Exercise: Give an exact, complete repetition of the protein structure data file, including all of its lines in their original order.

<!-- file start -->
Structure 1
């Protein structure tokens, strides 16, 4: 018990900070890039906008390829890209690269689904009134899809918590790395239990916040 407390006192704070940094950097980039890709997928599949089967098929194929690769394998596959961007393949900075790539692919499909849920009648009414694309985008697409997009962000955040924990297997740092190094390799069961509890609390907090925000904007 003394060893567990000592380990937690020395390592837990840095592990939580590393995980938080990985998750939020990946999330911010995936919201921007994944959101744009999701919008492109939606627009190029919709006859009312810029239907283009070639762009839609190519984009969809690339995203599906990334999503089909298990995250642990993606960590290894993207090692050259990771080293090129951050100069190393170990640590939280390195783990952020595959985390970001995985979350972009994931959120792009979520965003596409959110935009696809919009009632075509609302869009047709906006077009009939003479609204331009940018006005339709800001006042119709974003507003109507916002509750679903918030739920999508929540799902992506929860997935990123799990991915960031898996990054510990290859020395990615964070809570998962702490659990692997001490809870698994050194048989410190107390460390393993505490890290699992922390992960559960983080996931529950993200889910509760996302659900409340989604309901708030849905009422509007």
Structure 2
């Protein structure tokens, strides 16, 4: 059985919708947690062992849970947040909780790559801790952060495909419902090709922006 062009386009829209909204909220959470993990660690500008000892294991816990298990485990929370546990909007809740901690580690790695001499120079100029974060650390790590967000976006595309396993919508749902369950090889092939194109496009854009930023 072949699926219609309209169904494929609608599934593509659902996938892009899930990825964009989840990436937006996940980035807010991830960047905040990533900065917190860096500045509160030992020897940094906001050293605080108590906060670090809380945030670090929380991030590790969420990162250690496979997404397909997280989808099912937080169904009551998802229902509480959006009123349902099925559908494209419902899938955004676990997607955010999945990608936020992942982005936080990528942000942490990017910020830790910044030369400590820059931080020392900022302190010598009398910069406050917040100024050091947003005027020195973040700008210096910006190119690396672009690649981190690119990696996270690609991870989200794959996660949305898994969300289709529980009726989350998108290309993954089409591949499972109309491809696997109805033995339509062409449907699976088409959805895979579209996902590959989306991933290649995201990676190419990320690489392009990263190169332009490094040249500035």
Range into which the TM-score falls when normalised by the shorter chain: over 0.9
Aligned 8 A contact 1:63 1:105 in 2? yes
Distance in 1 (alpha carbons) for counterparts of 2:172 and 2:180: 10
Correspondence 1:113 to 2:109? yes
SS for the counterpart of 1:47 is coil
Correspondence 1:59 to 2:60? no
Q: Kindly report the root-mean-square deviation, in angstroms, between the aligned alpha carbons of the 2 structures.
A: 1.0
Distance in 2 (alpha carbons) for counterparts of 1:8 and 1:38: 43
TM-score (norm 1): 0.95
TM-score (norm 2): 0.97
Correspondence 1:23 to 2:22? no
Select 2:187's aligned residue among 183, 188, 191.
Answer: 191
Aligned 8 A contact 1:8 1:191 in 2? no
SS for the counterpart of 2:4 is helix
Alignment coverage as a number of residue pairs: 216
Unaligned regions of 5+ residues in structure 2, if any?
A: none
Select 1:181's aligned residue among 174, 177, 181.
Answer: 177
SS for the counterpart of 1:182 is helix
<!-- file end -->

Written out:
Structure 1
């Protein structure tokens, strides 16, 4: 018990900070890039906008390829890209690269689904009134899809918590790395239990916040 407390006192704070940094950097980039890709997928599949089967098929194929690769394998596959961007393949900075790539692919499909849920009648009414694309985008697409997009962000955040924990297997740092190094390799069961509890609390907090925000904007 003394060893567990000592380990937690020395390592837990840095592990939580590393995980938080990985998750939020990946999330911010995936919201921007994944959101744009999701919008492109939606627009190029919709006859009312810029239907283009070639762009839609190519984009969809690339995203599906990334999503089909298990995250642990993606960590290894993207090692050259990771080293090129951050100069190393170990640590939280390195783990952020595959985390970001995985979350972009994931959120792009979520965003596409959110935009696809919009009632075509609302869009047709906006077009009939003479609204331009940018006005339709800001006042119709974003507003109507916002509750679903918030739920999508929540799902992506929860997935990123799990991915960031898996990054510990290859020395990615964070809570998962702490659990692997001490809870698994050194048989410190107390460390393993505490890290699992922390992960559960983080996931529950993200889910509760996302659900409340989604309901708030849905009422509007």
Structure 2
């Protein structure tokens, strides 16, 4: 059985919708947690062992849970947040909780790559801790952060495909419902090709922006 062009386009829209909204909220959470993990660690500008000892294991816990298990485990929370546990909007809740901690580690790695001499120079100029974060650390790590967000976006595309396993919508749902369950090889092939194109496009854009930023 072949699926219609309209169904494929609608599934593509659902996938892009899930990825964009989840990436937006996940980035807010991830960047905040990533900065917190860096500045509160030992020897940094906001050293605080108590906060670090809380945030670090929380991030590790969420990162250690496979997404397909997280989808099912937080169904009551998802229902509480959006009123349902099925559908494209419902899938955004676990997607955010999945990608936020992942982005936080990528942000942490990017910020830790910044030369400590820059931080020392900022302190010598009398910069406050917040100024050091947003005027020195973040700008210096910006190119690396672009690649981190690119990696996270690609991870989200794959996660949305898994969300289709529980009726989350998108290309993954089409591949499972109309491809696997109805033995339509062409449907699976088409959805895979579209996902590959989306991933290649995201990676190419990320690489392009990263190169332009490094040249500035």
Range into which the TM-score falls when normalised by the shorter chain: over 0.9
Aligned 8 A contact 1:63 1:105 in 2? yes
Distance in 1 (alpha carbons) for counterparts of 2:172 and 2:180: 10
Correspondence 1:113 to 2:109? yes
SS for the counterpart of 1:47 is coil
Correspondence 1:59 to 2:60? no
Q: Kindly report the root-mean-square deviation, in angstroms, between the aligned alpha carbons of the 2 structures.
A: 1.0
Distance in 2 (alpha carbons) for counterparts of 1:8 and 1:38: 43
TM-score (norm 1): 0.95
TM-score (norm 2): 0.97
Correspondence 1:23 to 2:22? no
Select 2:187's aligned residue among 183, 188, 191.
Answer: 191
Aligned 8 A contact 1:8 1:191 in 2? no
SS for the counterpart of 2:4 is helix
Alignment coverage as a number of residue pairs: 216
Unaligned regions of 5+ residues in structure 2, if any?
A: none
Select 1:181's aligned residue among 174, 177, 181.
Answer: 177
SS for the counterpart of 1:182 is helix